I enjoyed this one. This was a teen book and I Iiked it much better than Shades of Grey. It was a smashing story, very well told and showed Fforde back on top form. Thanks Tree for recommending it on your Books read in May post, otherwise I might not have bothered with it. I read it in one gulp too.
Plum lovin’ – Janet Evanovich
I wasn’t sure if I wanted to read this as I didn’t like the first Diesel book as much as I have done the other Stephanie Plum books. I’m glad I did though as I really enjoyed this one so either it was much better or I was just in the right mood for it. It was a lot of fun and a quick read as it’s only a thin book. Happily I got it from the library as I’d hate to pay full price for a book of only 160 pages.
River God – Wilbur Smith
This wasn’t bad for something that was a bit out of my comfort zone. It was a fairly quick and easy read for a 550 page novel and was fairly interesting as far as the bits about Egyptian culture went. Of course you can never be too sure exactly how accurate fiction is and as this isn’t one of my regular authors, I didn’t know how well he did his research, but on checking the internet afterwards it seems it was reasonably accurate, although not datewise. If you don’t mind a few liberties being taken with your history, and this was an awfully long time ago, then it’s not a bad adventure to read.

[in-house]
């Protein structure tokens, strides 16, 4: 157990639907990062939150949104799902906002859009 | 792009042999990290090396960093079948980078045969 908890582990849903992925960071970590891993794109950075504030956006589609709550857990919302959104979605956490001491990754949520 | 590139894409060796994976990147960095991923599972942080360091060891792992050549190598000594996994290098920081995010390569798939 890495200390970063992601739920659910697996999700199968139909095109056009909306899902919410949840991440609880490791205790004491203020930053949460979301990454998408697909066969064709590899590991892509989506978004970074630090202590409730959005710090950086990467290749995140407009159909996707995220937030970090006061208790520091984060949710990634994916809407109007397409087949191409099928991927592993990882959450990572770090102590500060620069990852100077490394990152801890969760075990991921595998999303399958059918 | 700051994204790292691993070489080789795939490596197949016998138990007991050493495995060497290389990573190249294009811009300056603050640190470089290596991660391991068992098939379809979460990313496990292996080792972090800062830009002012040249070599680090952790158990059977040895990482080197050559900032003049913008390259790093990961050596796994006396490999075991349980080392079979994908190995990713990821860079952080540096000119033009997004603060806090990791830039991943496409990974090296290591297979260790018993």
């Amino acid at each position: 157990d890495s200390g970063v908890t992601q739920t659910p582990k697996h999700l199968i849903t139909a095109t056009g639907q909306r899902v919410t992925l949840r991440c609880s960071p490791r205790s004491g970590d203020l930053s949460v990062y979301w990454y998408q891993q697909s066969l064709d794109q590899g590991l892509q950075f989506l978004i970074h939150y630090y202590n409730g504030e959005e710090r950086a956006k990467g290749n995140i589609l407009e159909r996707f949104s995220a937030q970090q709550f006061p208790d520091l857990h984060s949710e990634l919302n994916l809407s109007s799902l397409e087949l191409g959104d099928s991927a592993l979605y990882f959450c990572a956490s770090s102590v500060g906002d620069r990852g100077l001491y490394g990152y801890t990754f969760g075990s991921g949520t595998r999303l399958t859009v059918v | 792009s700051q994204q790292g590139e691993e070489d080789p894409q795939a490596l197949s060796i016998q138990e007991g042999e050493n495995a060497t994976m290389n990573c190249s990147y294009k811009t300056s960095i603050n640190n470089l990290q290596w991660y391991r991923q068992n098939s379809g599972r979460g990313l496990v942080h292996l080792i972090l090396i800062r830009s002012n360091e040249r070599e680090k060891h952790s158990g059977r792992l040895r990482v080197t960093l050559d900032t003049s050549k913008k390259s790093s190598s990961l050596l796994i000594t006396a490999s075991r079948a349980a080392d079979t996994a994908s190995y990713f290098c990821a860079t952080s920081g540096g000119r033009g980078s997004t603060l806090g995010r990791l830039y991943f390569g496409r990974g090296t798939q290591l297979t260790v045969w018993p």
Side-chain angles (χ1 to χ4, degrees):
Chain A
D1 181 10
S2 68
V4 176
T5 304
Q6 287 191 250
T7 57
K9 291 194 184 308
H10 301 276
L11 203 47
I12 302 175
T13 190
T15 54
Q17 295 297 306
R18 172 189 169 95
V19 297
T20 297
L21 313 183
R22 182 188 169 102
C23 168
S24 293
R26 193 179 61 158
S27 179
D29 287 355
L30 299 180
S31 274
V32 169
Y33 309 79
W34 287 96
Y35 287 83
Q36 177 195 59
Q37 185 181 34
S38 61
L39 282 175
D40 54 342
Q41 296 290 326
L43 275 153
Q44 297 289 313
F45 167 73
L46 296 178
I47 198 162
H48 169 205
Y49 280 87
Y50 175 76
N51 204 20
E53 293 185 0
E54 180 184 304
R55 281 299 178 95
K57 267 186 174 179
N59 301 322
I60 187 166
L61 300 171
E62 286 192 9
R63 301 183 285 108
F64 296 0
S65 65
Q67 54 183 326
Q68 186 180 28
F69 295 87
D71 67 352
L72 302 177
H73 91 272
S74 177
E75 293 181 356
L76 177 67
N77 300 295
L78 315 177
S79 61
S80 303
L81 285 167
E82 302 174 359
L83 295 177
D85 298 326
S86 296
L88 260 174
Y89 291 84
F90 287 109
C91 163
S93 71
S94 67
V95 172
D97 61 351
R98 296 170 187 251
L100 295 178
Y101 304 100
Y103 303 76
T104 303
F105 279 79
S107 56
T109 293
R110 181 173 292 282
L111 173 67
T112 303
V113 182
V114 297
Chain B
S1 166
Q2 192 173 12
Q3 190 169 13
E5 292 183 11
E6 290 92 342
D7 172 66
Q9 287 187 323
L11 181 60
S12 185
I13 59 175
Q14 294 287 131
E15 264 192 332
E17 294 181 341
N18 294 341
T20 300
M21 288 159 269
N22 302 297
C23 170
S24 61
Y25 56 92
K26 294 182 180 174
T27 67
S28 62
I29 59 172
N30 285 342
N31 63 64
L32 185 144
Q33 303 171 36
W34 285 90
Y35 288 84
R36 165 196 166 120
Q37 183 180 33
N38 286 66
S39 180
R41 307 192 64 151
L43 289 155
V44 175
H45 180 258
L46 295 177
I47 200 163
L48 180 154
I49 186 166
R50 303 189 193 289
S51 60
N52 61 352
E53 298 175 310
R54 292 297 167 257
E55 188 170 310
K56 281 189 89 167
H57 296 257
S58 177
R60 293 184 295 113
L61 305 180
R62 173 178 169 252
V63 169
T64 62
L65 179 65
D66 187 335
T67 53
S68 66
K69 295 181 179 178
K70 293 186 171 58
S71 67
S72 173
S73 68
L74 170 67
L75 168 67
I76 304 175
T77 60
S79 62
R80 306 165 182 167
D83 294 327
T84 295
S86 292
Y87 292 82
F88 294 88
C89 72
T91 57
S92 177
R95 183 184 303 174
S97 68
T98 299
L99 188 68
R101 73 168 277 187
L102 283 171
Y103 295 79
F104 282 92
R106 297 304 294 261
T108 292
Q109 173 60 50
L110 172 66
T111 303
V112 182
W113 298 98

Give me five – Meg Cabot
Another migraine, another round of The Princess diaries. What on earth will I do when I’ve run out of these? There’s not much you can say about it really except that it was light and fun and pleasant to read.
Sixsational – Meg Cabot
I did like the bit about the snails. Other than that – light, fun etc.
Bullet – Laurell K. Hamilton
I really liked this series when I started reading it many years ago. It’s evolved a lot since those early books and it seems to be a lot more about the adult themes than anything else now. That’s probably why I’ve had not one, but two of them on my shelf for a while, when before I’d have read them as soon as they popped through my letterbox. Not that I mind a bit of hot and spicy, but when the book is nothing but that, it can get a bit tedious. Once I did get around to picking this one up though, I found that it had a bit more substance to it than some of the previous ones and I’m quite keen to pick up the other one that I have waiting now as well. There was still lots of the raunchy stuff too, mind…
The last concubine – Lesley Downer
I enjoyed this one, the more so as it wasn’t one that I’d intended to read. It was very much an impulse pick up at the library thanks to a recommendation by the librarian who took back my returns. I think what made it an even more interesting book for me was having read Shogun earlier this year. Shogun was set in an earlier period and you saw the events through the eyes of a foreigner to Japanese culture, which made a lot of the customs very familiar. I knew what the Black ships were, and why it was repugnant that the foreigners smelt of meat. Little things like that all help you to feel at home in the book. It described a fascinating period of history and made it all come alive thanks to using fictional characters woven in with the real people and the factual events. Definitely worth reading.